And there is this pandemic that seemingly will not let us go. Where is the healing of the nations?
Perhaps it is not enough to sing of it. Perhaps, like Mary, we need to embody the incarnation of God’s mercy, the growing of God’s justice, the birth of God’s new way in order to find our way out of no way.
In Mary’s town, one in every four or five girls born was named Mary. In our country, nearly two out of every three people calls themselves Christian. Just as Mary’s name meant something, called her into something, prophesied something, so the name of Christian should mean something for us who bear it in the world, should tell out something about God’s promise to us and through us.
Mary was named after a queen and a rebel slave and we are named after a radical religious type who preached counter-intuitive peace and love for enemies and friends alike and who died as a criminal, condemned by religious and state authorities, and who would not let even death deter him from bringing God’s mercy to the world and living God’s love in the world.
What Mary believed and proclaimed and laboured to reveal began deep in her own body, in the quiet mystery of her hidden organs, and it grew. How can we, from the small beginnings of our own embodiment of Christ, our faith in the goodness and mercy of God, labour and deliver good news to the poor, healing to the sick, justice to the oppressed, freedom to the prisoners, life to the dying? It is not beyond us; it is within us to do what God has called us into.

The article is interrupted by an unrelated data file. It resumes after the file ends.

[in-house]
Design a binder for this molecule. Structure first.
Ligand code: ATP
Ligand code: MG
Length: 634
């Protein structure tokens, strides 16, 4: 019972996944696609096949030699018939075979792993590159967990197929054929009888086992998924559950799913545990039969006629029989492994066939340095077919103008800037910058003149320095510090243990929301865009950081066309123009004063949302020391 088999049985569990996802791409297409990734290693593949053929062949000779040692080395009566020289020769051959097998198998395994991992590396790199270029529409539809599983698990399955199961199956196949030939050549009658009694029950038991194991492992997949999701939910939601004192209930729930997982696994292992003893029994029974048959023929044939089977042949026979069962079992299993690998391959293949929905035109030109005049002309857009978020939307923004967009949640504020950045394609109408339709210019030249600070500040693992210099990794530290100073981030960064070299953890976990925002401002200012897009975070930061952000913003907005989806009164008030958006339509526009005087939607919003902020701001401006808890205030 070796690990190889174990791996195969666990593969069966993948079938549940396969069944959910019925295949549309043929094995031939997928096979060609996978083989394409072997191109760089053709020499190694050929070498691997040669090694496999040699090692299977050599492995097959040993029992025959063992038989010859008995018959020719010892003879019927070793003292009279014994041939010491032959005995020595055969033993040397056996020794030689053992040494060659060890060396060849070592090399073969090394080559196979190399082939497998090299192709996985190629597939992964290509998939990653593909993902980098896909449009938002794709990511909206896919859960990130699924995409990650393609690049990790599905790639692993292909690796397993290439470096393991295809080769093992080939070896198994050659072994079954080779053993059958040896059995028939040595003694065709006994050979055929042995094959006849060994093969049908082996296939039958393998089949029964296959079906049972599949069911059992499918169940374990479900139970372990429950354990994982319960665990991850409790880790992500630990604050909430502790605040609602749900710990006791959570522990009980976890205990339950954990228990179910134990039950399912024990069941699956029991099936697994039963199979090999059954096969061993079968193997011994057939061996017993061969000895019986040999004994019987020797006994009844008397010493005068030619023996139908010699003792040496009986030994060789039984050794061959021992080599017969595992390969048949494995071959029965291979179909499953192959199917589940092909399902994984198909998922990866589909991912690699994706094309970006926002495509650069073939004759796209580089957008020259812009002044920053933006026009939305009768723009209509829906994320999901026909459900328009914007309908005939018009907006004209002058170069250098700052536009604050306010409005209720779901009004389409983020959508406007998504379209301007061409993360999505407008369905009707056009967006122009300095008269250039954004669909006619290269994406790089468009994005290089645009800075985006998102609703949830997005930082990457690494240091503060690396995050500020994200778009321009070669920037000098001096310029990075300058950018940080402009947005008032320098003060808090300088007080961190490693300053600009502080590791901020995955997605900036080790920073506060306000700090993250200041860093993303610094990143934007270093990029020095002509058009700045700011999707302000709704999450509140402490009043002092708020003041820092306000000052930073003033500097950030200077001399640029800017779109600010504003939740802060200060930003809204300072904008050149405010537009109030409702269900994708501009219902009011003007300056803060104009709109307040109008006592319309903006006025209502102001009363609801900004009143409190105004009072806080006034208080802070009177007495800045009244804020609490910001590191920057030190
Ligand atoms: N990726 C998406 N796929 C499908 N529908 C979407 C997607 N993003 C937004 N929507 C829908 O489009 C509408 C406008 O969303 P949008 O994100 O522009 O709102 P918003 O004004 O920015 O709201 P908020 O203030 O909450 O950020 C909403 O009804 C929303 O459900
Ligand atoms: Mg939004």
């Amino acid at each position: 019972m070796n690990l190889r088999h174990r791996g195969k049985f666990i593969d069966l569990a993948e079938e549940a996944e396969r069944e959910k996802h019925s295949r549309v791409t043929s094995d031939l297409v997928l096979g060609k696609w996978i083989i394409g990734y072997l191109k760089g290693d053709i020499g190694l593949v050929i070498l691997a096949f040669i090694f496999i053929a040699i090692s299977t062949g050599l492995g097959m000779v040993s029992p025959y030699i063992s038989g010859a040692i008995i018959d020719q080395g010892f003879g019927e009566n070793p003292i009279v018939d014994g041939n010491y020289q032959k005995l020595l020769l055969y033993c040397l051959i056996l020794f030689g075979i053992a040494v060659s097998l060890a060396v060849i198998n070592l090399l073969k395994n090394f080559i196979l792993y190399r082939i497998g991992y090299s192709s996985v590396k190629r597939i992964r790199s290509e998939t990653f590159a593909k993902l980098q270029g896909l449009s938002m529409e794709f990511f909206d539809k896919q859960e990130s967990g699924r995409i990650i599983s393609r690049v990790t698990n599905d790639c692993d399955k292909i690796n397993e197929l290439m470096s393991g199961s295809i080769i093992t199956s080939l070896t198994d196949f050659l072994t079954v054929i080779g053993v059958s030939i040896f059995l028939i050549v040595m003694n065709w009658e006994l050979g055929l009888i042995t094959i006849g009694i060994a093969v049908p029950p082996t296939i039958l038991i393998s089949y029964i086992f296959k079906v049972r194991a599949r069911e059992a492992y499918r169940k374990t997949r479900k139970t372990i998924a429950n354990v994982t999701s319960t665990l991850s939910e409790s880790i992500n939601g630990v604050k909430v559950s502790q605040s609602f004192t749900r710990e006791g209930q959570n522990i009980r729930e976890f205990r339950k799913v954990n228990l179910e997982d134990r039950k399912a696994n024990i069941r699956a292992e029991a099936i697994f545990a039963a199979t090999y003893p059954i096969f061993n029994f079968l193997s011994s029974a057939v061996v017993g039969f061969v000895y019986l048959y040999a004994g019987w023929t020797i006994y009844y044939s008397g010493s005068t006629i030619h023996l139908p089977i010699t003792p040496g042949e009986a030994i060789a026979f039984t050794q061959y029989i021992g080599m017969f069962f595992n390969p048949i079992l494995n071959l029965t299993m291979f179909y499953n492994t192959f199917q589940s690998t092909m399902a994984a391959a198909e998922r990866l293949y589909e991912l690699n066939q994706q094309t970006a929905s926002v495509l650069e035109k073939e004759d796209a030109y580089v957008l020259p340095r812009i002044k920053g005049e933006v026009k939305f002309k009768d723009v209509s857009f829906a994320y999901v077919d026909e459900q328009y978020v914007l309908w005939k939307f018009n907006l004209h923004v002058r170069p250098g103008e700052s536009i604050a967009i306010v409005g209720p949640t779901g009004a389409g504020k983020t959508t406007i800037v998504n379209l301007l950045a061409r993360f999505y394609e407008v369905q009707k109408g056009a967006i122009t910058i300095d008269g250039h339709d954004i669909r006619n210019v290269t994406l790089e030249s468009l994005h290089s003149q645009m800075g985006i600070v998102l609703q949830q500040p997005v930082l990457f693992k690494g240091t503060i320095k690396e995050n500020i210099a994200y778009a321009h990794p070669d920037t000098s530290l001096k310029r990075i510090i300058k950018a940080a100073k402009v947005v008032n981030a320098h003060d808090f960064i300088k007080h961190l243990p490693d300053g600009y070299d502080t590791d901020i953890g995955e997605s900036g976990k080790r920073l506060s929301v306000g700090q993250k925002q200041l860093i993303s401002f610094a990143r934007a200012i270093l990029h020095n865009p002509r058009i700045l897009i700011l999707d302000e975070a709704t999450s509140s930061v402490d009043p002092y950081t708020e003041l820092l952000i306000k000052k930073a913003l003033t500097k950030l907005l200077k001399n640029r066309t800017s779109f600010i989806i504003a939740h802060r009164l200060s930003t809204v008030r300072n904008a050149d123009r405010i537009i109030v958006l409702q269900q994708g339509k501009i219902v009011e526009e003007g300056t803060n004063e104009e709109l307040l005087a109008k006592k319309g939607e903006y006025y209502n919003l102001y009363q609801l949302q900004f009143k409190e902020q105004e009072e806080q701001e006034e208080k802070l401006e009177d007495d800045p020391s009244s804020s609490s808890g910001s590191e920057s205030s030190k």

It seems as though the kingdom of God, the second revelation of Christ, is a long time coming, and there is much that we are afraid of, and much that we despair of, and too much that we have already left undone; yet, Mary’s song reminds us, God is already at work in the world. God has cast down the mighty, repeatedly; God has scattered the proud, perennially. God feeds the hungry with mercy, and pays attention to the prayers of the lowly. God is with us.
God is with us when we defy the injustices and entitlements of the world and respond instead with counter-intuitive kindness, counter-cultural mercy, radical devotion to the principles of peace, hope beyond measure, faith in God’s ability to break down barriers, to cross boundaries, to do whatever it takes to be with us, Emmanuel.
We are named, we Christians, for that first note of Mary’s song, the one who inspired in her courage and the imagination to live into her name, the name that launched a freedom movement onto the Nile in a Moses basket; the name that can do great things out of small beginnings, with strategic and rebellious mercy, with the insistence that God is with us, yesterday, today, tomorrow, and then some; and Christ’s new revelation is coming.
Amen: Come, Lord Jesus.
[i] Tal Ilan, “Notes on the Distribution of Jewish Women’s Names in Palestine in the Second Temple and Mishnaic Periods”, in Journal of Jewish Studies, Vol. XL, 1989